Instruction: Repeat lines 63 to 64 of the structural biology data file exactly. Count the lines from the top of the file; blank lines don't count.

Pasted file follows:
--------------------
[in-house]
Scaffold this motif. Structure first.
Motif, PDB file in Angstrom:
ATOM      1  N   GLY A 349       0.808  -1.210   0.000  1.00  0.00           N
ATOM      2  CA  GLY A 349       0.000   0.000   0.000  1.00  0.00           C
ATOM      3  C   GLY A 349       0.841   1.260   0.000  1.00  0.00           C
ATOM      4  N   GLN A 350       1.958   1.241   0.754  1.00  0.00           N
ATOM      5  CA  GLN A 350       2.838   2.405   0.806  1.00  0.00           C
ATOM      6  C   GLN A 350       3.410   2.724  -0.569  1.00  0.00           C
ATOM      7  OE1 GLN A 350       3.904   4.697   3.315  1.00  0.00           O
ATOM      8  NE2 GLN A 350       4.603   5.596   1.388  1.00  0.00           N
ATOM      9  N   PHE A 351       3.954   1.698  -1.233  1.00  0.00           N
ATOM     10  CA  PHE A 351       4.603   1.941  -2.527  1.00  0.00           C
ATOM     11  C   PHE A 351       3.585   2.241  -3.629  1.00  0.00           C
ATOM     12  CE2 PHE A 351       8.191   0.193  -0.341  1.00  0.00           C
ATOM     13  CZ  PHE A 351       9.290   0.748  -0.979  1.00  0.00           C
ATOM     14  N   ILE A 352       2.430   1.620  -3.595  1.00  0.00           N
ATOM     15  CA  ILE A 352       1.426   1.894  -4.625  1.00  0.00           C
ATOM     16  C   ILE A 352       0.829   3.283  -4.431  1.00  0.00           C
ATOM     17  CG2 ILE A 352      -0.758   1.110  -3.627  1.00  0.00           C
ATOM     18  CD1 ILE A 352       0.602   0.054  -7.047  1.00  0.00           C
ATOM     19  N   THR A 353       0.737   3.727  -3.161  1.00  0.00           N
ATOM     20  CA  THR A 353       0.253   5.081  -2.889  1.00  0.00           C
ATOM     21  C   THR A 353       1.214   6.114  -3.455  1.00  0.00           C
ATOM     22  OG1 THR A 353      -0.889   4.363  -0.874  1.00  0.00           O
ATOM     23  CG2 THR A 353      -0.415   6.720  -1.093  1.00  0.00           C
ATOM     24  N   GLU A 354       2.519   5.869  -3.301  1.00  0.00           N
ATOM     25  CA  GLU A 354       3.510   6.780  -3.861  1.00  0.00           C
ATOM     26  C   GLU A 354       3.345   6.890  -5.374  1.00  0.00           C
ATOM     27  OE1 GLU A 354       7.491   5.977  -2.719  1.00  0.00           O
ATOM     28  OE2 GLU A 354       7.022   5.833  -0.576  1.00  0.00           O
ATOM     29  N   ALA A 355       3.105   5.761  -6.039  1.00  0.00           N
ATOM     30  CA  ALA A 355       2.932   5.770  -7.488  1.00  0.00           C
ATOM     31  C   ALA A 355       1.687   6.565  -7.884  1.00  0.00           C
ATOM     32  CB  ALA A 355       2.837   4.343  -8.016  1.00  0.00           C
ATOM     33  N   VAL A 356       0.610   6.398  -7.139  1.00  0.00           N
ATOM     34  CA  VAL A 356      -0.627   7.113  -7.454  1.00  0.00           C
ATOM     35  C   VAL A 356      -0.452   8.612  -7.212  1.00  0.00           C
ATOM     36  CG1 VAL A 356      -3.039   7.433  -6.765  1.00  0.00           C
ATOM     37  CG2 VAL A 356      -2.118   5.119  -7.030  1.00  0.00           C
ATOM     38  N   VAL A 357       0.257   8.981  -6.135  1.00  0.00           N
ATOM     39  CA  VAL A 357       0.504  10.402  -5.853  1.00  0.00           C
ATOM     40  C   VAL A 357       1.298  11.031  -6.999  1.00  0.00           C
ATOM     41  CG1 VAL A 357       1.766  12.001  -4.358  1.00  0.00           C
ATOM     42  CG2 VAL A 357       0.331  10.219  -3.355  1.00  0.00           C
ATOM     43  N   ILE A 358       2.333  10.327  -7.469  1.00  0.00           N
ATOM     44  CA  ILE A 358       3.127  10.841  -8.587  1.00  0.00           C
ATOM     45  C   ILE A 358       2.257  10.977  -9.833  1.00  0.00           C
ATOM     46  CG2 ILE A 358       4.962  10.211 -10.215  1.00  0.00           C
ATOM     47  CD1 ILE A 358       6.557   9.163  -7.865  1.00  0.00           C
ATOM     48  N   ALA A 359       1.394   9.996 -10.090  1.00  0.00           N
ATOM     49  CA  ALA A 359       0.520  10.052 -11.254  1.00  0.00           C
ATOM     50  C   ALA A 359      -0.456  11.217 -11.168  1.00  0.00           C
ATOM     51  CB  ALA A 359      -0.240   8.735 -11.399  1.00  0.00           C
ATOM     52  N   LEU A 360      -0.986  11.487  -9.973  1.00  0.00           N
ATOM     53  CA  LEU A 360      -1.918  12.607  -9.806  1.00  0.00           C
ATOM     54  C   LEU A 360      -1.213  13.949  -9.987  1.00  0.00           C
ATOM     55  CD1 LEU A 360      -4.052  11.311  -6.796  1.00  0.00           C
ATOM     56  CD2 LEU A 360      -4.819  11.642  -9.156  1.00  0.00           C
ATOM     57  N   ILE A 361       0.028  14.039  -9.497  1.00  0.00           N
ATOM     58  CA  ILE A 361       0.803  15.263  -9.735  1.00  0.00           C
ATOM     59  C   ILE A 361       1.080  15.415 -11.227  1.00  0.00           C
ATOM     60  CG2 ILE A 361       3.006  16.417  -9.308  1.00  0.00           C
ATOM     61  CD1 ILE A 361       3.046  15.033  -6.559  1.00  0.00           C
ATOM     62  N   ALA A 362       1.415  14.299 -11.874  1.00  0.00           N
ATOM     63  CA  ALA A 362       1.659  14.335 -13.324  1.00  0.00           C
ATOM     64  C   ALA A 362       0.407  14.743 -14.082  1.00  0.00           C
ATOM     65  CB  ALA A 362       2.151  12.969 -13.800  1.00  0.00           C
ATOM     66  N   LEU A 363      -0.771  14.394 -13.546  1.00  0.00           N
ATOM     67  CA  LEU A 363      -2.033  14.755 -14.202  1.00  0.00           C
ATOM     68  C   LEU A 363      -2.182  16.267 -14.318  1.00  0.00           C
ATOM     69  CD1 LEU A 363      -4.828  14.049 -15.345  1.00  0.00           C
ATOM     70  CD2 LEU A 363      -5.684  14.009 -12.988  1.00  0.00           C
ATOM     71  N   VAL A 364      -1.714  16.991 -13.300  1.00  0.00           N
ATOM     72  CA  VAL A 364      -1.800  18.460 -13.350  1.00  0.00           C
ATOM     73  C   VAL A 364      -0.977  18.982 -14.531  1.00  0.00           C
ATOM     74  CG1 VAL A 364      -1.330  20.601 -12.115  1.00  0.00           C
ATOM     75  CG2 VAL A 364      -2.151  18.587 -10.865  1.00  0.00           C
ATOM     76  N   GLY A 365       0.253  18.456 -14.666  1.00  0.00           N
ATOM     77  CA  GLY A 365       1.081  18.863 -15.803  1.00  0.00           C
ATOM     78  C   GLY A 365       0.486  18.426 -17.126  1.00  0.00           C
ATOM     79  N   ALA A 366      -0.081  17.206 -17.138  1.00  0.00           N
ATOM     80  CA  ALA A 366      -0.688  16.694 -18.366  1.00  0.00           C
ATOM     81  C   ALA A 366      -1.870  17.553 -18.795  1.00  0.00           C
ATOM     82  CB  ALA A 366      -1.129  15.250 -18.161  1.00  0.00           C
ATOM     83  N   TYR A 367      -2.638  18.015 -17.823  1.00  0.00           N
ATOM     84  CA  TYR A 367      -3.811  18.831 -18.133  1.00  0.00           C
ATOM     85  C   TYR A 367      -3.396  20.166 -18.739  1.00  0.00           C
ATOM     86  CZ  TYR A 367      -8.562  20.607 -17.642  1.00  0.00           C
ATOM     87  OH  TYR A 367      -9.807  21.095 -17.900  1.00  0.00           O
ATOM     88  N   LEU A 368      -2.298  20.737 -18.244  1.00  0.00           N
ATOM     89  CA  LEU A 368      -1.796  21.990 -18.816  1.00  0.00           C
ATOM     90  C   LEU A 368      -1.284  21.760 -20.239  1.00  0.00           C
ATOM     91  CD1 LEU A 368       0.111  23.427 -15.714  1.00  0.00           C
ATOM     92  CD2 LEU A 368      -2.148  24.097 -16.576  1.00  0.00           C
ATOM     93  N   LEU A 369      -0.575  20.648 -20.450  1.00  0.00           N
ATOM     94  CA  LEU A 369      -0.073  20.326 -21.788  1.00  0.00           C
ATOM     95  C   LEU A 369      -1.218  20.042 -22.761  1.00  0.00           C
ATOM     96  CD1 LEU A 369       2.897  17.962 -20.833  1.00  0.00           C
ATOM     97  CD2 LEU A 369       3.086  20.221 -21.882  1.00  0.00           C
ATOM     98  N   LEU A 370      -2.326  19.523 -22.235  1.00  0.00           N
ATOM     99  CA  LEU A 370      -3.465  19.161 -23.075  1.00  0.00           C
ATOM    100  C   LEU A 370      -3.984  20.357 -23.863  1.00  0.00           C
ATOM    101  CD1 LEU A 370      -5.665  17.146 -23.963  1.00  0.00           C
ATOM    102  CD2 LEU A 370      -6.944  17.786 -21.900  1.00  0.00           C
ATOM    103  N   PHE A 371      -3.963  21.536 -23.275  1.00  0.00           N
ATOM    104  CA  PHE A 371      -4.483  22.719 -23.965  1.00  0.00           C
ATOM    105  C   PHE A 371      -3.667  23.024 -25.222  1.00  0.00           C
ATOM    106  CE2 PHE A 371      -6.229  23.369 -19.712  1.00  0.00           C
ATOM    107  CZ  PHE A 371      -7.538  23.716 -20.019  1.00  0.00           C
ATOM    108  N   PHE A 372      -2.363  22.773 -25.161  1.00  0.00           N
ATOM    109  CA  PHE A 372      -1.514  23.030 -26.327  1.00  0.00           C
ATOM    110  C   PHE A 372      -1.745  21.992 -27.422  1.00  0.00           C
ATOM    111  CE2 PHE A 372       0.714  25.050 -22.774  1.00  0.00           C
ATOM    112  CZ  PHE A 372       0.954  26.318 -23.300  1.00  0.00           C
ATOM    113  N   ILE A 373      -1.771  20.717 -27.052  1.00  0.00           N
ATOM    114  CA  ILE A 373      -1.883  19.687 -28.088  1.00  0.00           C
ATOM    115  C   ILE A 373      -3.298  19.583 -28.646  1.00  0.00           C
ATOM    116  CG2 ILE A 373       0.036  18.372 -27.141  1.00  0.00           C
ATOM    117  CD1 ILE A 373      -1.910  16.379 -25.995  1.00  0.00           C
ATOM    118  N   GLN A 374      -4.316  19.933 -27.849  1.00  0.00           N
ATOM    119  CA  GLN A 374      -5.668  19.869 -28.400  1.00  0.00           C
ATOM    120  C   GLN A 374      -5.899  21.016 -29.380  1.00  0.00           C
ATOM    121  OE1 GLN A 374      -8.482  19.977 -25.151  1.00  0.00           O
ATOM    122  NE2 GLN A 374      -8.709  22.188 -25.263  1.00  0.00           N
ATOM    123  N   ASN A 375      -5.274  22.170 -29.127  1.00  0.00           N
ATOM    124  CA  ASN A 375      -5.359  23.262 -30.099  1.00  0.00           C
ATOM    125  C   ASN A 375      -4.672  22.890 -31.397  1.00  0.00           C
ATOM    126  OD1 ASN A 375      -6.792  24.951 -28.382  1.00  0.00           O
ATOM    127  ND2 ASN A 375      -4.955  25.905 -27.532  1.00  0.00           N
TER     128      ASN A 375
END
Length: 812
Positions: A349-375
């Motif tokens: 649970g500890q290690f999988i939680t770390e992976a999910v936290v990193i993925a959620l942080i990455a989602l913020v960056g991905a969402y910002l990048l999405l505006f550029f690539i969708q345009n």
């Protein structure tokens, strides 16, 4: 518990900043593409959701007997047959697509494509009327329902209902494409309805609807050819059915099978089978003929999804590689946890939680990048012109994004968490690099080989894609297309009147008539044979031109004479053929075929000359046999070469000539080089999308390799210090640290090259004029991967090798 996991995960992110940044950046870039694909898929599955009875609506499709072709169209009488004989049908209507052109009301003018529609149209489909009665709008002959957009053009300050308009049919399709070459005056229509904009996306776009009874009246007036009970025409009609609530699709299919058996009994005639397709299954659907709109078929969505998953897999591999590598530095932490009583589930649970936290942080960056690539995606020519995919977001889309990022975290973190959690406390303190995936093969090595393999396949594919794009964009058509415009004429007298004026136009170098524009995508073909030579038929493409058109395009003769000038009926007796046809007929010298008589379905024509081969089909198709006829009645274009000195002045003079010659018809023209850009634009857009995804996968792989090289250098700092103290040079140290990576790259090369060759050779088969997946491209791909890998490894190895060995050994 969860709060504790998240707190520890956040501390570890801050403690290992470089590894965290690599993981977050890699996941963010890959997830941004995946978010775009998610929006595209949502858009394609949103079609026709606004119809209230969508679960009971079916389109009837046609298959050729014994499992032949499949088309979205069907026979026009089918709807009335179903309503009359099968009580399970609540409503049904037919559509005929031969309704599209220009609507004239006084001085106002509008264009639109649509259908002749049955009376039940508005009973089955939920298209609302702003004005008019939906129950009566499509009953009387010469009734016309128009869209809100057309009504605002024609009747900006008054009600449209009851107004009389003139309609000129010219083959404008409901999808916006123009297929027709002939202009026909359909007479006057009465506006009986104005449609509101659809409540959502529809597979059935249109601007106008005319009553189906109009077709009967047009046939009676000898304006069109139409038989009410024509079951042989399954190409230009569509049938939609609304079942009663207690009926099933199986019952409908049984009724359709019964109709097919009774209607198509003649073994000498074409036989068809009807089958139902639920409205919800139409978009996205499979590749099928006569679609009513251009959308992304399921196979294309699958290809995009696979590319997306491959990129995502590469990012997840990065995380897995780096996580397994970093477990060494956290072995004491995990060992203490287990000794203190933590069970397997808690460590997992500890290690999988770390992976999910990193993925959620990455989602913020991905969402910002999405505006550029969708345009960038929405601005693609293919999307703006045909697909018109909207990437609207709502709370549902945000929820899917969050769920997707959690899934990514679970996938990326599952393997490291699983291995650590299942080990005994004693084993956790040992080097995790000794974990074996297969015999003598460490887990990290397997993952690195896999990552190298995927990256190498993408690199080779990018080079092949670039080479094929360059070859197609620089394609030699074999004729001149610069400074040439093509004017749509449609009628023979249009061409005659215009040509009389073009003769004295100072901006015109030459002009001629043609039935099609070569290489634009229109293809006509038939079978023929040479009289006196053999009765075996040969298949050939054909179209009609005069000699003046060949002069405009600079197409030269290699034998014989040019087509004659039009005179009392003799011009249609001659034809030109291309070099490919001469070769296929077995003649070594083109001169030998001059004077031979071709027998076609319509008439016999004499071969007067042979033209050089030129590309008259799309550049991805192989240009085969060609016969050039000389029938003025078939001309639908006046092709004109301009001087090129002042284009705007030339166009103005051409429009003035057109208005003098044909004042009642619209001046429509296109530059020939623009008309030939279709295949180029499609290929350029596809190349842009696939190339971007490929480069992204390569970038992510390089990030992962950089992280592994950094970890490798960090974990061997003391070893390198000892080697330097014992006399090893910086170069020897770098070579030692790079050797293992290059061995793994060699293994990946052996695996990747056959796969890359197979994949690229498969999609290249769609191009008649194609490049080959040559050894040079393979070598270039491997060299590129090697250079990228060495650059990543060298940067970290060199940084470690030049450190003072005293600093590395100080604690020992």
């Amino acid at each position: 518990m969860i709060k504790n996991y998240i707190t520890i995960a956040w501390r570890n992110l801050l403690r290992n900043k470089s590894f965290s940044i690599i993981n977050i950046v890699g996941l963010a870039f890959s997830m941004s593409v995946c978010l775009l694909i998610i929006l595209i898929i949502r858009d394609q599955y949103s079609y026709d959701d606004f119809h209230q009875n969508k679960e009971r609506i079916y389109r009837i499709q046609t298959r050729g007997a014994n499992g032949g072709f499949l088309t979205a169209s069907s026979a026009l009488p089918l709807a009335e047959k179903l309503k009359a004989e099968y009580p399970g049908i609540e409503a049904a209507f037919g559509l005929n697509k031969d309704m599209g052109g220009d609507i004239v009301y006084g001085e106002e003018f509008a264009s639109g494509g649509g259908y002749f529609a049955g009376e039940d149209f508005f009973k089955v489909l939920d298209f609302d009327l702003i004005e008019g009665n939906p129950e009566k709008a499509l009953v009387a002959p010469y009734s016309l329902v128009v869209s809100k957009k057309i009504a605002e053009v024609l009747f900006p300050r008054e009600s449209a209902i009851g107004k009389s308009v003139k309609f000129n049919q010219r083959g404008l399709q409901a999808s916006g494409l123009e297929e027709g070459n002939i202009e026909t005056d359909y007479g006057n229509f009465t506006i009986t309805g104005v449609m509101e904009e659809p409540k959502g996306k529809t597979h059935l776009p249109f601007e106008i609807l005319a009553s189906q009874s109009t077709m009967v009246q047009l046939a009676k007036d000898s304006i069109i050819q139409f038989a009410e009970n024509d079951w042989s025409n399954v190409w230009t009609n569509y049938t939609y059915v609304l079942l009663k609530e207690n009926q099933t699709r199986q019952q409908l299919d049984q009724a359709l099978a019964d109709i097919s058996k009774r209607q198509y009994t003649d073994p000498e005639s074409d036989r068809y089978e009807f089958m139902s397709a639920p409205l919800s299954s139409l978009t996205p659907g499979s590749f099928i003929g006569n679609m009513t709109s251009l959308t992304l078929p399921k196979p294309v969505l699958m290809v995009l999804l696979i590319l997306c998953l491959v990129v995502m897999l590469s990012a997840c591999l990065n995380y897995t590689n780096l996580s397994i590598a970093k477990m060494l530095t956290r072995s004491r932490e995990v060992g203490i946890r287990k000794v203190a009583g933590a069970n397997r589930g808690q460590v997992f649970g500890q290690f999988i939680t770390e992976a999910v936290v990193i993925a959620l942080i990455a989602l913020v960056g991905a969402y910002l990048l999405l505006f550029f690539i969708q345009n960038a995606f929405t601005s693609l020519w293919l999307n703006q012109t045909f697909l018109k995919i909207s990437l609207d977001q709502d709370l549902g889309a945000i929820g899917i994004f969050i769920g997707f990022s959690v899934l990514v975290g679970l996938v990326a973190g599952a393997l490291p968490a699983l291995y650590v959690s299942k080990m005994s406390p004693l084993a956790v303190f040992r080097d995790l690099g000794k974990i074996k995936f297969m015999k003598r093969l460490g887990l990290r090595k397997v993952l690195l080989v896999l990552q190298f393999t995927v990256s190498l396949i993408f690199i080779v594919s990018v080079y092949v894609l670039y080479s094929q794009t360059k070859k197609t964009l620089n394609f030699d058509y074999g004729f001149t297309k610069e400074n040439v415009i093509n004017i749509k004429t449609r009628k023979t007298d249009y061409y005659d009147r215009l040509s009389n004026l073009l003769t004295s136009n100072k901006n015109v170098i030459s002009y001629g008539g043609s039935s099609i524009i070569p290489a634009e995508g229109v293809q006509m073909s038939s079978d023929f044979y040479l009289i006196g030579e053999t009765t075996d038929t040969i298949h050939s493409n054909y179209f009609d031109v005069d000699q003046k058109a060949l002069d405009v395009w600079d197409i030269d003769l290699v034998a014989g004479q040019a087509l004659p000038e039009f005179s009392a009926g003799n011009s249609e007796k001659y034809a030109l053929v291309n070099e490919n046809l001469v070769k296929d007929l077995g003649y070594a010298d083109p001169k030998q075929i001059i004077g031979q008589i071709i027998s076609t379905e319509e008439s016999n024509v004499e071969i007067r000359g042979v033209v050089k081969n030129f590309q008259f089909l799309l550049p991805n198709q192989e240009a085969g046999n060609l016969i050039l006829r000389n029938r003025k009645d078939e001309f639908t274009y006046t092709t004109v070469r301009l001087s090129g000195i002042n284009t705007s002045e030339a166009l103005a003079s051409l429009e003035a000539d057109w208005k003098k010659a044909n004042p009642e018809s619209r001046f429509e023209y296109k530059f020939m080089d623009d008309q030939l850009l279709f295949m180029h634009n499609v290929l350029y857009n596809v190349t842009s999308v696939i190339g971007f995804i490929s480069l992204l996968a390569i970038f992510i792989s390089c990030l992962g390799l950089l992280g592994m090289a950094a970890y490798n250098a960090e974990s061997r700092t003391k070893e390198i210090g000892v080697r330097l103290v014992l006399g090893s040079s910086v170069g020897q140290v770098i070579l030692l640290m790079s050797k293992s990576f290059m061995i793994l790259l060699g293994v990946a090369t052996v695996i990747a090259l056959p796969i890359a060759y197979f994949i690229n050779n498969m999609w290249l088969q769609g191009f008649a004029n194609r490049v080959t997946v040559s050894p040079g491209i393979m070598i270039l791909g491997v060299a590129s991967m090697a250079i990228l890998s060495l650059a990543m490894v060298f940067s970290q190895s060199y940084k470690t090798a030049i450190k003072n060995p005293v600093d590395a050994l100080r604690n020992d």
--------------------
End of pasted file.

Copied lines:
ATOM     60  CG2 ILE A 361       3.006  16.417  -9.308  1.00  0.00           C
ATOM     61  CD1 ILE A 361       3.046  15.033  -6.559  1.00  0.00           C